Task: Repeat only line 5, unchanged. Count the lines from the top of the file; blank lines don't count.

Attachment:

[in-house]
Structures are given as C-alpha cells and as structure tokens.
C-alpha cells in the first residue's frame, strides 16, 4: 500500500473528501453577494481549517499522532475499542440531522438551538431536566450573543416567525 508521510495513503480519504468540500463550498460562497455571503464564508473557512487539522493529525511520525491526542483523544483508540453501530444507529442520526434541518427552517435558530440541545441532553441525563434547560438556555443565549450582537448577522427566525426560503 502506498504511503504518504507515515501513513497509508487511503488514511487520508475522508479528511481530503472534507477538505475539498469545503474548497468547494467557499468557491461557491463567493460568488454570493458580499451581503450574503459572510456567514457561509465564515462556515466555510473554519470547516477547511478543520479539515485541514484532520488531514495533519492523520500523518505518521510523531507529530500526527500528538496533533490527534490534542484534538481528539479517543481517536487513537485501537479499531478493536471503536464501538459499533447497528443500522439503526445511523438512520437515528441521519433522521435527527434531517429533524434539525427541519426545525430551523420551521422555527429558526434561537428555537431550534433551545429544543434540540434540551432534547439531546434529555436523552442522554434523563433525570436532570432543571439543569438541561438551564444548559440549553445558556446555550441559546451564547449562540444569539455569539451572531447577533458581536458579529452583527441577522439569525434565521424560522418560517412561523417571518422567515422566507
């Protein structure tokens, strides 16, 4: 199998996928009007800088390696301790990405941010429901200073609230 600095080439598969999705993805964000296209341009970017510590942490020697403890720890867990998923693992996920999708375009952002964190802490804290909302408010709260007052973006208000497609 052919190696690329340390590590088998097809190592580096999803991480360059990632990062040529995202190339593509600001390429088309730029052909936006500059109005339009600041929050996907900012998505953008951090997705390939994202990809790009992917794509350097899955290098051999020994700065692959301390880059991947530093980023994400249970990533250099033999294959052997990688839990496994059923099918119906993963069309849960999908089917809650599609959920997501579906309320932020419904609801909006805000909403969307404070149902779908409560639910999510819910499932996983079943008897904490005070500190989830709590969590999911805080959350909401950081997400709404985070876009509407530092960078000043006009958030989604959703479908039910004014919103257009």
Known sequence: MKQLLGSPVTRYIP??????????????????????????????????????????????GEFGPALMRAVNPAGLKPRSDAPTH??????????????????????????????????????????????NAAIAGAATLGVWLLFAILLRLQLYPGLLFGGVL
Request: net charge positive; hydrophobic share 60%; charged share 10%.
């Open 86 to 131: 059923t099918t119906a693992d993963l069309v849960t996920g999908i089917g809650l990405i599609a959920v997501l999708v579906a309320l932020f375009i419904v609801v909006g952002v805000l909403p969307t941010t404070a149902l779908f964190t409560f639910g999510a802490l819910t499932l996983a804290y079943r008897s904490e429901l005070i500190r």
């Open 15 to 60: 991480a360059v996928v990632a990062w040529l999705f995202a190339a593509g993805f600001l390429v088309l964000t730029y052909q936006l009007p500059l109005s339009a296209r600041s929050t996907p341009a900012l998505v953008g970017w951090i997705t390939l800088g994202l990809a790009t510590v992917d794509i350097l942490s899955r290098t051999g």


Known sequence: MKQLLGSPVTRYIP??????????????????????????????????????????????GEFGPALMRAVNPAGLKPRSDAPTH??????????????????????????????????????????????NAAIAGAATLGVWLLFAILLRLQLYPGLLFGGVL